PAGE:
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Comment #8 posted by Digit on December 25, 2001 at 07:56:21 PT:

blind progress (im sure iv used that title before)
Hey, this is great. Things are moving in the right direction despite the consistant blabing of the antis. Problem is... if the way this is to be set out ... " * Focusing on treatment for drug users - known as 'harm minimisation' - rather than their prosecution 'to minimise the harm that drugs do to individuals and their families'. Some campaigners will see the move as effectively decriminalising possession of drugs. " ... then doesn't this simply add to the increasingly vague uncertainty of the drug laws. As it is no one is really certain of what will happen to u if u get caught. The official line is still as it was a decade ago (and longer) but the reality is far from it. It is well understood in the cannabis comunity that to half remove the barbaric drug laws is almost as damaging as the barbaric drug laws themselves, and maybe more so. ... and i'm going to stop myself there before i go of on a huge rant.Digit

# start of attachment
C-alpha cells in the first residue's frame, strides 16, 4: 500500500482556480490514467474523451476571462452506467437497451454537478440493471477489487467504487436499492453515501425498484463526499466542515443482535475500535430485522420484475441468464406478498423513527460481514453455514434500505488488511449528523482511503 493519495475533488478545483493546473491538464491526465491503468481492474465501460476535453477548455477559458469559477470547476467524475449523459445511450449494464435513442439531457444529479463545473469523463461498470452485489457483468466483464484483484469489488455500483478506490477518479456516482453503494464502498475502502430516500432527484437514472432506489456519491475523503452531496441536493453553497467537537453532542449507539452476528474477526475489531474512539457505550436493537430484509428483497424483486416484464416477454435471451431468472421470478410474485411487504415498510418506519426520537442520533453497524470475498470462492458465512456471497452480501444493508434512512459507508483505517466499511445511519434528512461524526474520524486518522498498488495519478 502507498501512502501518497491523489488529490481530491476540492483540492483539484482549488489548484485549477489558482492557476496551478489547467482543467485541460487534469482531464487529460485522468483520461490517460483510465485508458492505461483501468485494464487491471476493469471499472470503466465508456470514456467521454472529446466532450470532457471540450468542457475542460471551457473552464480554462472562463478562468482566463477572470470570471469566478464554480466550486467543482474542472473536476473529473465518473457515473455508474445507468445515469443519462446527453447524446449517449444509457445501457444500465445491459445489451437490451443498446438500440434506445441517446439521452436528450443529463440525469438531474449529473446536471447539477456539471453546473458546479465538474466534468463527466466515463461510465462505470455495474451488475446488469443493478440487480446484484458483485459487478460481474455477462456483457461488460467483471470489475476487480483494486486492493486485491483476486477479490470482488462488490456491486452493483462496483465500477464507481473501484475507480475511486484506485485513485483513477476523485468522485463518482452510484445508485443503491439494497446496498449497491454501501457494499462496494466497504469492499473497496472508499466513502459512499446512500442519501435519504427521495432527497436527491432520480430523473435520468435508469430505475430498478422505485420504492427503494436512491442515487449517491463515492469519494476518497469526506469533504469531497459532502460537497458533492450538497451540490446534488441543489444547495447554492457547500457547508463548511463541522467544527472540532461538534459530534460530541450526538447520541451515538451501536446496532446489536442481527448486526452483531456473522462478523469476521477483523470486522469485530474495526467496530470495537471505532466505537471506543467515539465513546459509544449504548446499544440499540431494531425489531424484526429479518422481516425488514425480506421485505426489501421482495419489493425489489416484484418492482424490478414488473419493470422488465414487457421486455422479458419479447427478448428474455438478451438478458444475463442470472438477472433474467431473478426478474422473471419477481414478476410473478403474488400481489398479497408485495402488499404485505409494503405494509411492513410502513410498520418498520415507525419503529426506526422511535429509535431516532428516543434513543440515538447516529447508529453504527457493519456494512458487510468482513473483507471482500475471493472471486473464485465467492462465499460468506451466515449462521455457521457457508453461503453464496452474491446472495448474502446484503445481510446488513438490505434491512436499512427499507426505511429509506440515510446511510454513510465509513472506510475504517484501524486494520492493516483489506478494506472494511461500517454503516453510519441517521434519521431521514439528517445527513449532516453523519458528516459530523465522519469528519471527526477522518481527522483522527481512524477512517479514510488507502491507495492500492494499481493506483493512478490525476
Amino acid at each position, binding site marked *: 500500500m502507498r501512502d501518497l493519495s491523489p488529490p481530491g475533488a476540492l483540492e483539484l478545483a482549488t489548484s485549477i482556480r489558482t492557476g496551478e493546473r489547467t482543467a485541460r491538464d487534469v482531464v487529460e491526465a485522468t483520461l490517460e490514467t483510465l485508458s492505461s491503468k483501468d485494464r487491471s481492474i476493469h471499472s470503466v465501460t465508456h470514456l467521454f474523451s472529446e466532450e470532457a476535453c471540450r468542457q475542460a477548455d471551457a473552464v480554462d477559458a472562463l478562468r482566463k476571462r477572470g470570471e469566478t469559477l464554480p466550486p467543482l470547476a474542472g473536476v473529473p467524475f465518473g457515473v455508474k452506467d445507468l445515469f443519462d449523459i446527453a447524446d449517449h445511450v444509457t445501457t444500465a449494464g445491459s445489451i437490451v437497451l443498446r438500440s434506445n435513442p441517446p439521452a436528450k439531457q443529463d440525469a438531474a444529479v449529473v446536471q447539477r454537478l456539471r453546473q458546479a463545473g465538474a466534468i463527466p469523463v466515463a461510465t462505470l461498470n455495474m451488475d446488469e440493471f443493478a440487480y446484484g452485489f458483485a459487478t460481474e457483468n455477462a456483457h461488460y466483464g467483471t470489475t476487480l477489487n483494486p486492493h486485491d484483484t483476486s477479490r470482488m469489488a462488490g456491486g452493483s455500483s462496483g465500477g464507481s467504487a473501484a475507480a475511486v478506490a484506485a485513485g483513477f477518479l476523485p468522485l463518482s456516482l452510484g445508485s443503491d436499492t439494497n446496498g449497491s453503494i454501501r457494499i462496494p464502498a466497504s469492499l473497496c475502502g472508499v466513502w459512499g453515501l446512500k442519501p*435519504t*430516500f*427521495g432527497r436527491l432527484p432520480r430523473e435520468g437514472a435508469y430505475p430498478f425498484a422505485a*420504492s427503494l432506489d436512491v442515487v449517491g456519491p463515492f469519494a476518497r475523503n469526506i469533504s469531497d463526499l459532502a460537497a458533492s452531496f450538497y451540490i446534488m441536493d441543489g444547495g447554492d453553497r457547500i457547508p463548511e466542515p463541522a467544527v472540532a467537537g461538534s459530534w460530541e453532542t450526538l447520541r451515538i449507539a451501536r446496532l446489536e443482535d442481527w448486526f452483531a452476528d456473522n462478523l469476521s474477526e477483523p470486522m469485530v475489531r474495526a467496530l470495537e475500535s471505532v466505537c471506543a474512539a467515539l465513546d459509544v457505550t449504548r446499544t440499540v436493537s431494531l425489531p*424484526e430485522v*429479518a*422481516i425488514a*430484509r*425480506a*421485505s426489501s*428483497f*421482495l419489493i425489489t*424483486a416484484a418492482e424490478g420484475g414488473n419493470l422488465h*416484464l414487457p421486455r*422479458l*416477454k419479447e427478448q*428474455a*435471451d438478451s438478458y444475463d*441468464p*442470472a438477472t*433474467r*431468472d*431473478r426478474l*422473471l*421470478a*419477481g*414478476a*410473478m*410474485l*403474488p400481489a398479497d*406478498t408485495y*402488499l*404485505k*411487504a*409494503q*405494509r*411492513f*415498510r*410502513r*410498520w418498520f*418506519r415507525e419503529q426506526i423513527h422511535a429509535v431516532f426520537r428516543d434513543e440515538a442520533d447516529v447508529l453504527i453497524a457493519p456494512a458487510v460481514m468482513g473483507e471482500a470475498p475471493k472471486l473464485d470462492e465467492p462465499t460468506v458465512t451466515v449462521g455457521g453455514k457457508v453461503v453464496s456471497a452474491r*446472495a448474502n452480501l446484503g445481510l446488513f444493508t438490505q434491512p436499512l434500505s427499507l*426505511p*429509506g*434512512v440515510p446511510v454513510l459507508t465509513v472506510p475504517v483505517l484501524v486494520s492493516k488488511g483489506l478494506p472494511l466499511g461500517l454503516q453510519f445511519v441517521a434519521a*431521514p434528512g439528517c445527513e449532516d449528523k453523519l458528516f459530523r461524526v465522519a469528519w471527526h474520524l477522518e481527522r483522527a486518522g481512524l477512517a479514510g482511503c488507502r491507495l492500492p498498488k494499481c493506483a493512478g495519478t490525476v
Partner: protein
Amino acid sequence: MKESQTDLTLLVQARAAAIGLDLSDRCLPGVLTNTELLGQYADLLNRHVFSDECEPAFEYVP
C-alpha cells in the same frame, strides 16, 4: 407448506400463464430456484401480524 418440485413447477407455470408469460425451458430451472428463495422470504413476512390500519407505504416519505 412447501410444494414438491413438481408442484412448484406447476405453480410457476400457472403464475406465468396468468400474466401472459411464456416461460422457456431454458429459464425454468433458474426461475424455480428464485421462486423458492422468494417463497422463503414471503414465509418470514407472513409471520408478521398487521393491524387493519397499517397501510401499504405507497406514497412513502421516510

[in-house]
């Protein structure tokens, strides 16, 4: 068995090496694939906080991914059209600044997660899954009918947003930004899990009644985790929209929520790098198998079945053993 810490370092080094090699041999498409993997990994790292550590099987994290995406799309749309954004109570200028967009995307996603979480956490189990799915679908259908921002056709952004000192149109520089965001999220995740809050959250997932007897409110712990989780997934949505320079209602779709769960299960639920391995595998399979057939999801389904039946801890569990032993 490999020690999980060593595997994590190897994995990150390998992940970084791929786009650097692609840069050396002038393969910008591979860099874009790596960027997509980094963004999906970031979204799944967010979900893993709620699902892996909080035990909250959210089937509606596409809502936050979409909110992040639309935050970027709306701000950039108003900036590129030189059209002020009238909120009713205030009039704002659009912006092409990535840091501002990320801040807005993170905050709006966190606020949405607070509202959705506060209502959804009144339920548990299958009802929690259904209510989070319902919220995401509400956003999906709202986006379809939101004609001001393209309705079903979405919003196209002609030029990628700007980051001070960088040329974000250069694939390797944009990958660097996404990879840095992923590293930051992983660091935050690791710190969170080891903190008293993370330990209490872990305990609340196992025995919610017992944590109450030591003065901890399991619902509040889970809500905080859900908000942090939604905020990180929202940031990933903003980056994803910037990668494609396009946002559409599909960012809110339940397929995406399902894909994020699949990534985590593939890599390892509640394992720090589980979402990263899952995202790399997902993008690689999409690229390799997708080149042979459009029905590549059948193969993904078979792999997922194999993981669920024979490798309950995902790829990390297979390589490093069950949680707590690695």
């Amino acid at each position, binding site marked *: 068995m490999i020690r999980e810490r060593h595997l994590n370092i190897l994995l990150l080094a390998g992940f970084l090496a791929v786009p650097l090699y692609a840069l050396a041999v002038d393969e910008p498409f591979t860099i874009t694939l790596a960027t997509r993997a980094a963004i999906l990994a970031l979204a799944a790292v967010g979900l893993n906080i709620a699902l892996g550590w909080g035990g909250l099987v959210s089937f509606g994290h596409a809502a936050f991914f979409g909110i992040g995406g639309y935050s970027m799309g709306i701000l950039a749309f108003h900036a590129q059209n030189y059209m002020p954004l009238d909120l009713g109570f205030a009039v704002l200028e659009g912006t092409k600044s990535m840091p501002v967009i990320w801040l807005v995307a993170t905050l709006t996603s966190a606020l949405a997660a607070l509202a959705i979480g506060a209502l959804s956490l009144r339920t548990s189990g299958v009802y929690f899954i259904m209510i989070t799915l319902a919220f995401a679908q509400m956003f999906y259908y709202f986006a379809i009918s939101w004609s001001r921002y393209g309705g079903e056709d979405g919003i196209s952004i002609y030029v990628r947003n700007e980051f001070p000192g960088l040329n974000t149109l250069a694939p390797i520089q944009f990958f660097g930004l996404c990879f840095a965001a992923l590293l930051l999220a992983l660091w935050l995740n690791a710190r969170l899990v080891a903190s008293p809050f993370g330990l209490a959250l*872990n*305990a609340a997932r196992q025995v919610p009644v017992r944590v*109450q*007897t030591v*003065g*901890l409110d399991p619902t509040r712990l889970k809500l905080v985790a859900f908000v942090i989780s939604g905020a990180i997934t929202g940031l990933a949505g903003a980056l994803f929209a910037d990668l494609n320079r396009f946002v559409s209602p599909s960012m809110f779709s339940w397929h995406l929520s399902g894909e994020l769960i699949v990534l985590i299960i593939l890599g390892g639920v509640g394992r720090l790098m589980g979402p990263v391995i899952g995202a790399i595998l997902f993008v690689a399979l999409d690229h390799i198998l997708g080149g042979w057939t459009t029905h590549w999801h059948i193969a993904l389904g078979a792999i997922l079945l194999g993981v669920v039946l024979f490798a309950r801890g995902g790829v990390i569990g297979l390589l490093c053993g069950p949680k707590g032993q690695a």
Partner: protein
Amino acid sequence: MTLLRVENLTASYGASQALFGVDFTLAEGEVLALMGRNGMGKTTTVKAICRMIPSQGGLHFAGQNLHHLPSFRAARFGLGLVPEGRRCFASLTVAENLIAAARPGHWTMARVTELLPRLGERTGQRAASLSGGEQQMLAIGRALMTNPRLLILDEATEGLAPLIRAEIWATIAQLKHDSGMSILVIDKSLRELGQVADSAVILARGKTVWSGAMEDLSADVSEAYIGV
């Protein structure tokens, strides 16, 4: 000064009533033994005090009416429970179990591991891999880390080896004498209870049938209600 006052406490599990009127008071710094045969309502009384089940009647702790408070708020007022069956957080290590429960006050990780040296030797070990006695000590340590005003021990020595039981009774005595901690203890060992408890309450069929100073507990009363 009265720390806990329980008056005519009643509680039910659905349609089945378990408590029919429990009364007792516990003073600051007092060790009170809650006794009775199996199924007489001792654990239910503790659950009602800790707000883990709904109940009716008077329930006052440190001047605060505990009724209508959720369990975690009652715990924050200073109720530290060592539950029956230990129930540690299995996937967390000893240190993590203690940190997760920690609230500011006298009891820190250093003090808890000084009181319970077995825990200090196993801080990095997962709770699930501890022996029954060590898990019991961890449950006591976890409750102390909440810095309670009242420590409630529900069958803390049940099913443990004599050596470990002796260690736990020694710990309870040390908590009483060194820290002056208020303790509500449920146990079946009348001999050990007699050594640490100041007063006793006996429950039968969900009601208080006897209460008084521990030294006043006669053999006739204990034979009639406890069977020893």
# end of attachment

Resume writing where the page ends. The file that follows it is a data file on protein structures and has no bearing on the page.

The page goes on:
ps. I'm with u on that one FoM, Lets hope that the new year brings a new dawn of kindness to tokers :)

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Comment #7 posted by Lehder on December 23, 2001 at 10:29:27 PT

We've had some pretty thorough discussions on jury nullification at cannabisnews before, and they can be found by searching the site for buzz words voir dire and nullification. Search this site or the net for Laura Kriho to find out what happens to jurors who attempt to exercise their right to make a determination of law, the essence of nullification, as well as a determination of fact.Personally, I would never attempt to invoke nullification, and I would indeed promise to accept without question direct ion from the judge in any determination of law. But our judicial system and our police have been so corrupted by the war on drugs that I would likely be unable to find any defendant of any crime guilty "beyond a reasonable doubt." It is reasonable today to expect that the police are lying, that witnesses have been manufactured or paid, and that the judge and prosecutors are corrupt. Very likely I would not feel that the witnesses were fully truthful, nor would I be likely to fully believe the testimony of "experts." Not Guilty, Your Honor.But no matter how questionable the evidence, one must consider too the fate of a juror who would vote "not guilty" in a high profile case in which the government had invested much time and propaganda as in, for example, the trials of Manuel Noriega or Carlos Lehder.
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Comment #6 posted by FoM on December 23, 2001 at 09:01:59 PT

Hi Dankhank